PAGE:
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Oscar Isaac and Rachel Brosnahan will bring The Sign in Sidney Brustein’s Window to Broadway this April in a late entry for the season.
The play, written by Lorraine Hansberry, will begin performances on April 25 and open on April 27, the final day for this season’s Tony Awards eligibility, at the James Earl Jones Theatre. Isaac and Brosnahan are reprising their roles from the play’s Off-Broadway run at the Brooklyn Academy of Music, which ended in March.
The play, produced by Seaview, Sue Wagner, John Johnson, Jeremy O. Harris and BAM, is scheduled to play 80 performances only. It was able to find a slot at the James Earl Jones Theatre after the show Room, which was meant to occupy the theater starting April 3, was unable to start performances due to a lack of funding.
This will mark the Broadway debut for Isaac, who most recently appeared on screen in Marvel’s Moon Knight and HBO’S Scenes from a Marriage. On stage, Isaac, a graduate of Julliard, has also appeared in the Public Theater’s Romeo & Juliet and Hamlet.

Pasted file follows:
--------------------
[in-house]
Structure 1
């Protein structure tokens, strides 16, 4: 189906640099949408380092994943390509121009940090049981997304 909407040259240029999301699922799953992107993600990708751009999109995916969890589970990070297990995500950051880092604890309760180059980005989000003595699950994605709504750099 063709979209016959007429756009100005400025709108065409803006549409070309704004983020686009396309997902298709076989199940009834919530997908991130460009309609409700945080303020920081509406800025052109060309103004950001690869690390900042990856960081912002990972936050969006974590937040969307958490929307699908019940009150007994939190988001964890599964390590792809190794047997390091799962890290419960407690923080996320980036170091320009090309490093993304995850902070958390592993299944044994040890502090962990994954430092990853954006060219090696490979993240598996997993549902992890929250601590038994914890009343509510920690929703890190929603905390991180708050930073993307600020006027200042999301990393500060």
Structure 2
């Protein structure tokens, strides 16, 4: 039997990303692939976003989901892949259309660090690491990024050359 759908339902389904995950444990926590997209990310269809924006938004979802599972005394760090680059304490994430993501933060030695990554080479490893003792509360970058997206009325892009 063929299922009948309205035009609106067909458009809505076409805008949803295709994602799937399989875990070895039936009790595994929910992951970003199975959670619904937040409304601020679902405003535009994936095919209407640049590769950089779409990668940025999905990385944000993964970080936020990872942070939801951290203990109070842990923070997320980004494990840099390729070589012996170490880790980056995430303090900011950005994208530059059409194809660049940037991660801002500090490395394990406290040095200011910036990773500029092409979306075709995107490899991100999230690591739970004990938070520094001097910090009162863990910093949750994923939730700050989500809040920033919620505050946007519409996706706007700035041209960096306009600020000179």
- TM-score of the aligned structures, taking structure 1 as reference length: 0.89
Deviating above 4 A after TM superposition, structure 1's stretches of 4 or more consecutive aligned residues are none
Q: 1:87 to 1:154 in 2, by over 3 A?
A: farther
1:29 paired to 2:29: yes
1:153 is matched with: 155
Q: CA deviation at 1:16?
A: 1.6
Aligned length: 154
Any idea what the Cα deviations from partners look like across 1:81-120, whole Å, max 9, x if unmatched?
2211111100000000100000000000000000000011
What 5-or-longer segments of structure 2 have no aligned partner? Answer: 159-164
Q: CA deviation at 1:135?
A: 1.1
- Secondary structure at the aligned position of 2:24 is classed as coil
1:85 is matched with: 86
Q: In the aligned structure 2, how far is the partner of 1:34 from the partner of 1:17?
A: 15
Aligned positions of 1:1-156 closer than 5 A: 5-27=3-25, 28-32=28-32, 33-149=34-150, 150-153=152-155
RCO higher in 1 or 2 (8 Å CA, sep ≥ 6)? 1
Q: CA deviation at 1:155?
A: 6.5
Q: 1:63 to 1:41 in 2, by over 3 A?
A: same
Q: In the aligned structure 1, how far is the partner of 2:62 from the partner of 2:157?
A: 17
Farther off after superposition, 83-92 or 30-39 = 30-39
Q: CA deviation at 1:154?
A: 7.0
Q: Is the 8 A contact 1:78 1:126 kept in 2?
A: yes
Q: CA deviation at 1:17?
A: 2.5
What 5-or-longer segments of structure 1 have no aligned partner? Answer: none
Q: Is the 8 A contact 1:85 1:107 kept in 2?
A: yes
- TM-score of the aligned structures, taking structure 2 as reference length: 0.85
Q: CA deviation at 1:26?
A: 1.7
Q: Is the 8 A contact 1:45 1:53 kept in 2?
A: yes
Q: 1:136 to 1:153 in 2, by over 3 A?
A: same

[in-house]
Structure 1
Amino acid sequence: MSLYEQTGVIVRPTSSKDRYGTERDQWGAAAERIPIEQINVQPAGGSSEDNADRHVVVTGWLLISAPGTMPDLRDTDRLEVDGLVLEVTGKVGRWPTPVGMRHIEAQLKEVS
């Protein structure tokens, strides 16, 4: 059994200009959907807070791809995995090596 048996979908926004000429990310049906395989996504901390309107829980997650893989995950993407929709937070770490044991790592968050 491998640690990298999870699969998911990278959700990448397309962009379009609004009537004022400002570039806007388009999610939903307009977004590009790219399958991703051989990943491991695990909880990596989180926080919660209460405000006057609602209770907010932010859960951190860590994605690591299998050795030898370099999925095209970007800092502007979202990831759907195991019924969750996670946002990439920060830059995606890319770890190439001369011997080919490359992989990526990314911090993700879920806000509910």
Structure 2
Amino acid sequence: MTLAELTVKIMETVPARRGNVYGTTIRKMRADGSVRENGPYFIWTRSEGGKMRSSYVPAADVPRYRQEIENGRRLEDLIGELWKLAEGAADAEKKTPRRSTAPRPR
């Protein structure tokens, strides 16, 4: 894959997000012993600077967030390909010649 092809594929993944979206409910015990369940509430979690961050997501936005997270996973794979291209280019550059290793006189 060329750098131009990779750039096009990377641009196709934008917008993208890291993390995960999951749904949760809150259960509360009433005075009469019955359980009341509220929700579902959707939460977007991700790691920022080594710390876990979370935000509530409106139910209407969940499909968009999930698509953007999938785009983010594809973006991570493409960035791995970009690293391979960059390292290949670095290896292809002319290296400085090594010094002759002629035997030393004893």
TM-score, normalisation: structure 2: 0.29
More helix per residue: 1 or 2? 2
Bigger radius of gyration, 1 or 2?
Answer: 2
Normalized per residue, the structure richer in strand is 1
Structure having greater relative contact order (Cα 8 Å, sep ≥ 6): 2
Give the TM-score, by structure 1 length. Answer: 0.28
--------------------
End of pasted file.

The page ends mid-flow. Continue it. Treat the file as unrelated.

Brosnahan previously appeared on Broadway in the 2013 revival of Clifford Odets’ The Big Knife at Roundabout Theatre Company. The announcement comes just ahead of the release of the fifth and final season of The Marvelous Mrs. Maisel, starring Brosnahan, starting April 14.
Directed by Anne Kauffman, the play, which was Hansberry’s last staged production, explores ideas of race, gender equity, sexuality, art, political corruption, idealism and Bohemian culture. The story follows struggling artists Sidney, played by Isaac, and Iris Brustein, played by Brosnahan, as they navigate their troubled marriage and its intersection with a local politics in 1960s Greenwich Village.
The play originally ran on Broadway in 1964 and then returned to Broadway for two weeks of performances in 1972.
The complete cast from the BAM production will transfer to Broadway, including Gus Birney (Gloria Parodus), Julian De Niro (Alton Scales), Glenn Fitzgerald (David Ragin), Andy Grotelueschen (Wally O’Hara), Miriam Silverman (Mavis Parodus Bryson), and Raphael Nash Thompson (Max).
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